Sunday 25 September 2016

Five tell-tale signs Chelsea are going into meltdown

Charlie Eccleshare

Published 18/08/2015 | 14:52

No club does crisis quite like Chelsea Photo: GETTY IMAGES
No club does crisis quite like Chelsea Photo: GETTY IMAGES

After the fall-out from the Eva Carneiro controversy and the John Terry substitution during the damaging 3-0 defeat to Manchester City, Chelsea appear to be veering dangerously close to full-on crisis mode.

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If that feels strangely familiar, that’s because these crises have become something of a regularity in recent years, as the likes of Andre Villas Boas, Roberto di Matteo and Luiz Felipe Scolari can all attest.

Here we breakdown the anatomy of a Chelsea crisis…

1) Manager feels a lack of support

Jose Mourinho’s substitution of John Terry at half-time on Sunday was interpreted by Graeme Souness as an attempt to force Roman Abramovich to open his cheque book.

Mourinho has made no secret of his desire to sign John Stones from Everton, and over the weekend said publicly that Chelsea have every right to flex their financial muscles this summer.

 “Chelsea is Chelsea and Mr Abramovich is Mr Abramovich,” said Mourinho. “The board has worked so well, over the years, in making money with sales that if somebody has the right - the moral right – to do that (spend big money), then I say that Chelsea is one of them. Because Chelsea is making so much money selling and sometimes people forget.”

The sub-text of what Mourinho was saying was clearly that there’s no reason the club should stop spending big in the transfer market.

A Chelsea manager feeling unsupported by Abramovich and the board is nothing new, and a key component of a Chelsea crisis.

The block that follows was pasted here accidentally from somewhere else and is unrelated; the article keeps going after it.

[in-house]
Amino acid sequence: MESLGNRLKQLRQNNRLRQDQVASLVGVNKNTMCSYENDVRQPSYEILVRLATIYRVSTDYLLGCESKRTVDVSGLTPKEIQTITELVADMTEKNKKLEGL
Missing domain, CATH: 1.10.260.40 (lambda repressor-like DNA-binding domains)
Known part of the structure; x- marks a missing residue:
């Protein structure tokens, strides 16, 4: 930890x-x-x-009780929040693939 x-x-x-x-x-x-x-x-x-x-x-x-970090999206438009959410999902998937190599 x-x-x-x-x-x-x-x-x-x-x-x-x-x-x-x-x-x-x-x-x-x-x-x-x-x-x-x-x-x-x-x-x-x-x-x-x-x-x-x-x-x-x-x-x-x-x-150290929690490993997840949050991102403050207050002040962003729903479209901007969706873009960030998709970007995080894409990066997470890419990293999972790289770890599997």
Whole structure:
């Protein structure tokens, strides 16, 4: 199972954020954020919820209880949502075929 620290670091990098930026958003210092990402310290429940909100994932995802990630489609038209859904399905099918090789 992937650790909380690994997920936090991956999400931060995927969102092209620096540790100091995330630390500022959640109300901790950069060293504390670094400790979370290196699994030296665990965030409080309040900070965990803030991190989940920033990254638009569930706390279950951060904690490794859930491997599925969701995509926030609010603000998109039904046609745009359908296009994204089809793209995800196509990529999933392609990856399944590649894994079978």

When Mourinho left the club in 2007 it was partly due to a falling out with Abramovich, and frustration at the Russian intervening more and more in the club’s transfer policy, with the £30million signing of Andriy Shevchenko in 2006 a source of friction between the pair. When Mourinho dropped Shevchenko for a match against Wigan in January 2007 it was interpreted as a direct challenge to Abramovich, and one which sowed the seeds for the manager’s departure eight months later.

Villas-Boas felt similarly let down when he clashed with key players Frank Lampard and John Terry, and he left the club in March 2012 after less than a season in charge.

His successor Di Matteo had an even flimsier hold on the Chelsea hotseat, and despite winning the Champions League and FA Cup two months after joining, was only given a cursory two-year contract in the summer of 2012.

Come November, he was sacked.

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2) Results start to dip

Whether the lack of support from the board comes because of bad results, or vice versa is a little chicken and egg, but what is clear is that a Chelsea meltdown only really becomes full-blown once results start to worsen.